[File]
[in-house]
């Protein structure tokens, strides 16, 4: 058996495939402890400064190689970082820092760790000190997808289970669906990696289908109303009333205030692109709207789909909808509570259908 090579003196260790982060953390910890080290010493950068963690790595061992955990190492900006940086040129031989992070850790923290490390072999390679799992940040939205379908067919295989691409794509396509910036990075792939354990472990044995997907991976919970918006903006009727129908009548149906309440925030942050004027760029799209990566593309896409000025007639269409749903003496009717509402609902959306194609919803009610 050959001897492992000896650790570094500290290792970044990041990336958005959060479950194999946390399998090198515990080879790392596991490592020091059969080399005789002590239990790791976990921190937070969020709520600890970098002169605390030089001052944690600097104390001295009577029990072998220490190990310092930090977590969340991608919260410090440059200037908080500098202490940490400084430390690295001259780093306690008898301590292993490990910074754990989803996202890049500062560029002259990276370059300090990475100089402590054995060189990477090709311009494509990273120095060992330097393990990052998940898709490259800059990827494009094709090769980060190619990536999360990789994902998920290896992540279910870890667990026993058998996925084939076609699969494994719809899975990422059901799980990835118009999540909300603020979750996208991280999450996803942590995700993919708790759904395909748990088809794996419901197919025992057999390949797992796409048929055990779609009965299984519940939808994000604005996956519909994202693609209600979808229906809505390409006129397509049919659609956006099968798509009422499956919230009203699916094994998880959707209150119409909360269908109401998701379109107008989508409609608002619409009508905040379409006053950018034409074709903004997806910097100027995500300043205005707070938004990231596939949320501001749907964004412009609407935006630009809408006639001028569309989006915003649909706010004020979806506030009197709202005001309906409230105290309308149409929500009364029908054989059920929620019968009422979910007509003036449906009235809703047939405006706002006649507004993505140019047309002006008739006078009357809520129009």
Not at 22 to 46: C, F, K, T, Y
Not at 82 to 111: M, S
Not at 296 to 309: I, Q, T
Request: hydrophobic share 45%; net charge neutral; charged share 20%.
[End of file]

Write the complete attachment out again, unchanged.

[in-house]
């Protein structure tokens, strides 16, 4: 058996495939402890400064190689970082820092760790000190997808289970669906990696289908109303009333205030692109709207789909909808509570259908 090579003196260790982060953390910890080290010493950068963690790595061992955990190492900006940086040129031989992070850790923290490390072999390679799992940040939205379908067919295989691409794509396509910036990075792939354990472990044995997907991976919970918006903006009727129908009548149906309440925030942050004027760029799209990566593309896409000025007639269409749903003496009717509402609902959306194609919803009610 050959001897492992000896650790570094500290290792970044990041990336958005959060479950194999946390399998090198515990080879790392596991490592020091059969080399005789002590239990790791976990921190937070969020709520600890970098002169605390030089001052944690600097104390001295009577029990072998220490190990310092930090977590969340991608919260410090440059200037908080500098202490940490400084430390690295001259780093306690008898301590292993490990910074754990989803996202890049500062560029002259990276370059300090990475100089402590054995060189990477090709311009494509990273120095060992330097393990990052998940898709490259800059990827494009094709090769980060190619990536999360990789994902998920290896992540279910870890667990026993058998996925084939076609699969494994719809899975990422059901799980990835118009999540909300603020979750996208991280999450996803942590995700993919708790759904395909748990088809794996419901197919025992057999390949797992796409048929055990779609009965299984519940939808994000604005996956519909994202693609209600979808229906809505390409006129397509049919659609956006099968798509009422499956919230009203699916094994998880959707209150119409909360269908109401998701379109107008989508409609608002619409009508905040379409006053950018034409074709903004997806910097100027995500300043205005707070938004990231596939949320501001749907964004412009609407935006630009809408006639001028569309989006915003649909706010004020979806506030009197709202005001309906409230105290309308149409929500009364029908054989059920929620019968009422979910007509003036449906009235809703047939405006706002006649507004993505140019047309002006008739006078009357809520129009």
Not at 22 to 46: C, F, K, T, Y
Not at 82 to 111: M, S
Not at 296 to 309: I, Q, T
Request: hydrophobic share 45%; net charge neutral; charged share 20%.